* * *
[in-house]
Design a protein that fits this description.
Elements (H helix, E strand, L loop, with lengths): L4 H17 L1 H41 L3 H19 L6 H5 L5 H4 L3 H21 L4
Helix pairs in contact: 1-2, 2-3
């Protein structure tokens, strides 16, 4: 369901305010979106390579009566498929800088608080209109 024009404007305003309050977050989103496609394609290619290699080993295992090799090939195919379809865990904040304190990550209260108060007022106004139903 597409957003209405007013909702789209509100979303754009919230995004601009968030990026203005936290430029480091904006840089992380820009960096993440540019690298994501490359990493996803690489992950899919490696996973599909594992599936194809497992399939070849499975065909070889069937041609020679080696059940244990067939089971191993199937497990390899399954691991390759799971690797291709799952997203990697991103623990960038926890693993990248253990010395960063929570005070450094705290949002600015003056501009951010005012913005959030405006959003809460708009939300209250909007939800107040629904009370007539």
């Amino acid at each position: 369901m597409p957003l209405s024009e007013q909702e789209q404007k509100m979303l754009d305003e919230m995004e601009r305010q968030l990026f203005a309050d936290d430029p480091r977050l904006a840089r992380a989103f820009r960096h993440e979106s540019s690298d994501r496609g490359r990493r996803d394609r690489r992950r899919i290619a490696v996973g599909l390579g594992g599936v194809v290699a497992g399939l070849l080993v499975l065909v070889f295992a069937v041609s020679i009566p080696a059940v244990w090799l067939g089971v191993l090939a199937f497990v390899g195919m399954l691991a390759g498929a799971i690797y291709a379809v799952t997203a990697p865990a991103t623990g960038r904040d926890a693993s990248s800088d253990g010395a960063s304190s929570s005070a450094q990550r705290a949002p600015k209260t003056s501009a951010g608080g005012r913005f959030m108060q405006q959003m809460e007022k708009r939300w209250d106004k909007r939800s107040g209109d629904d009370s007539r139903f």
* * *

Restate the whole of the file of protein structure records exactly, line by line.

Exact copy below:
[in-house]
Design a protein that fits this description.
Elements (H helix, E strand, L loop, with lengths): L4 H17 L1 H41 L3 H19 L6 H5 L5 H4 L3 H21 L4
Helix pairs in contact: 1-2, 2-3
């Protein structure tokens, strides 16, 4: 369901305010979106390579009566498929800088608080209109 024009404007305003309050977050989103496609394609290619290699080993295992090799090939195919379809865990904040304190990550209260108060007022106004139903 597409957003209405007013909702789209509100979303754009919230995004601009968030990026203005936290430029480091904006840089992380820009960096993440540019690298994501490359990493996803690489992950899919490696996973599909594992599936194809497992399939070849499975065909070889069937041609020679080696059940244990067939089971191993199937497990390899399954691991390759799971690797291709799952997203990697991103623990960038926890693993990248253990010395960063929570005070450094705290949002600015003056501009951010005012913005959030405006959003809460708009939300209250909007939800107040629904009370007539």
């Amino acid at each position: 369901m597409p957003l209405s024009e007013q909702e789209q404007k509100m979303l754009d305003e919230m995004e601009r305010q968030l990026f203005a309050d936290d430029p480091r977050l904006a840089r992380a989103f820009r960096h993440e979106s540019s690298d994501r496609g490359r990493r996803d394609r690489r992950r899919i290619a490696v996973g599909l390579g594992g599936v194809v290699a497992g399939l070849l080993v499975l065909v070889f295992a069937v041609s020679i009566p080696a059940v244990w090799l067939g089971v191993l090939a199937f497990v390899g195919m399954l691991a390759g498929a799971i690797y291709a379809v799952t997203a990697p865990a991103t623990g960038r904040d926890a693993s990248s800088d253990g010395a960063s304190s929570s005070a450094q990550r705290a949002p600015k209260t003056s501009a951010g608080g005012r913005f959030m108060q405006q959003m809460e007022k708009r939300w209250d106004k909007r939800s107040g209109d629904d009370s007539r139903f």